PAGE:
Whether it’s for your spouse or your child’s student loans, be sure to think twice before co-signing a loan. With many people throughout the country still struggling in the midst of the economic recovery, cosigning a loan presents great risk and little reward. It might seem that refusing to cosign a loan might create personal tensions, but it also ensures financial stability as well. While the choice of whether or not to cosign a loan is ultimately up to you, consider these concerns.
Should Someone’s Debt Become Your Debt?
When you cosign a loan, you’re basically carrying someone’s debt on your shoulders. Should they fail to make payments and default, you are the one responsible. Even if you know they’re capable of paying back the debt, you never know when an unforeseen event such as a job loss could trigger a negative chain of financial events including liability for the credit debt. Reasons to reconsider cosigning a loan include:
1. Lawsuits against you. There are some cases where the creditors file a lawsuit against the cosigner and not the person who actually gets the loan. In one particular case, a client cosigned for her boyfriend and was sued because he stopped making payments. The lender sued her because she was the reason he received the loan in the first place.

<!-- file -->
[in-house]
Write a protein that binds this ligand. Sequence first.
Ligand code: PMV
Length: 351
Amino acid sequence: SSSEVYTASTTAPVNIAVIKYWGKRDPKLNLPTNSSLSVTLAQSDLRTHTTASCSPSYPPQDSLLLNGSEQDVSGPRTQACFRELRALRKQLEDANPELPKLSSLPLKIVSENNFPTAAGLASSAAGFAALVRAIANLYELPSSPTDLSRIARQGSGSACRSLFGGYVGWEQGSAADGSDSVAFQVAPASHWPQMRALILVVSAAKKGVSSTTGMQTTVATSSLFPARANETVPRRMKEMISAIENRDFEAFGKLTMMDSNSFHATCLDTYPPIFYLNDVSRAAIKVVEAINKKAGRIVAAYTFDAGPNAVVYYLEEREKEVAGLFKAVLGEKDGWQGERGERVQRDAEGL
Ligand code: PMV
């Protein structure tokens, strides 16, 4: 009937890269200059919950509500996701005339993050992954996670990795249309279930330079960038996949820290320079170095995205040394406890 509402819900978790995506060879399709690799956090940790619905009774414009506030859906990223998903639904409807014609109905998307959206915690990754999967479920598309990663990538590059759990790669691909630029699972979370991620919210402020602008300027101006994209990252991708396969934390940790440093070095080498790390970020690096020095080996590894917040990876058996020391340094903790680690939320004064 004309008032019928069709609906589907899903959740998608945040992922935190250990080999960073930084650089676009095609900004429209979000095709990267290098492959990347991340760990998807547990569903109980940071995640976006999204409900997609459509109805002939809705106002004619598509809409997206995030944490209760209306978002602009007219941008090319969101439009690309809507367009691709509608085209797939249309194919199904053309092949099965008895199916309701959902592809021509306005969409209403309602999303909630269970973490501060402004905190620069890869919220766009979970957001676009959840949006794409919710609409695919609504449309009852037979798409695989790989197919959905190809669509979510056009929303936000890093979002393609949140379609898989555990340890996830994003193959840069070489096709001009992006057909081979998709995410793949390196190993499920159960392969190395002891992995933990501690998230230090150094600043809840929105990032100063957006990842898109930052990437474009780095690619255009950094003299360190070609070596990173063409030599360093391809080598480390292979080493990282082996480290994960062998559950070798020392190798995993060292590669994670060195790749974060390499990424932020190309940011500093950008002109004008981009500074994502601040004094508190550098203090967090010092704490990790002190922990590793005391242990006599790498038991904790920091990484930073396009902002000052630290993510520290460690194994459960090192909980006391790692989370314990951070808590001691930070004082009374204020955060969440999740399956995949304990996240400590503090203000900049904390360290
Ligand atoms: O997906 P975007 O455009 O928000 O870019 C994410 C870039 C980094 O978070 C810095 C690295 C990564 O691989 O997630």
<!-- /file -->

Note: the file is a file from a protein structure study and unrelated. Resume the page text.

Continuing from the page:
2. Destroyed relationships. If there are any financial hardships and you are placed on the hook, this could destroy any type of relationship whether it’s familial or friendship. Remember, financial situations have ruined many families.
3. 100 percent liability. If the other party fails to pay, you are responsible for the whole loan, not just part of it. Are you sure you want to take that risk?
4. Future loan denial. Some people have been denied loans or credit because they cosigned on another loan. Having too much credit under your name can cause the application to be declined.
5. Tax consequences. Let’s say the person who borrowed the loan fails to make the payments. Well, the creditor might not come after you directly through lawsuits or payments. They could also settle the balance owed, meaning that the difference becomes a tax liability for you.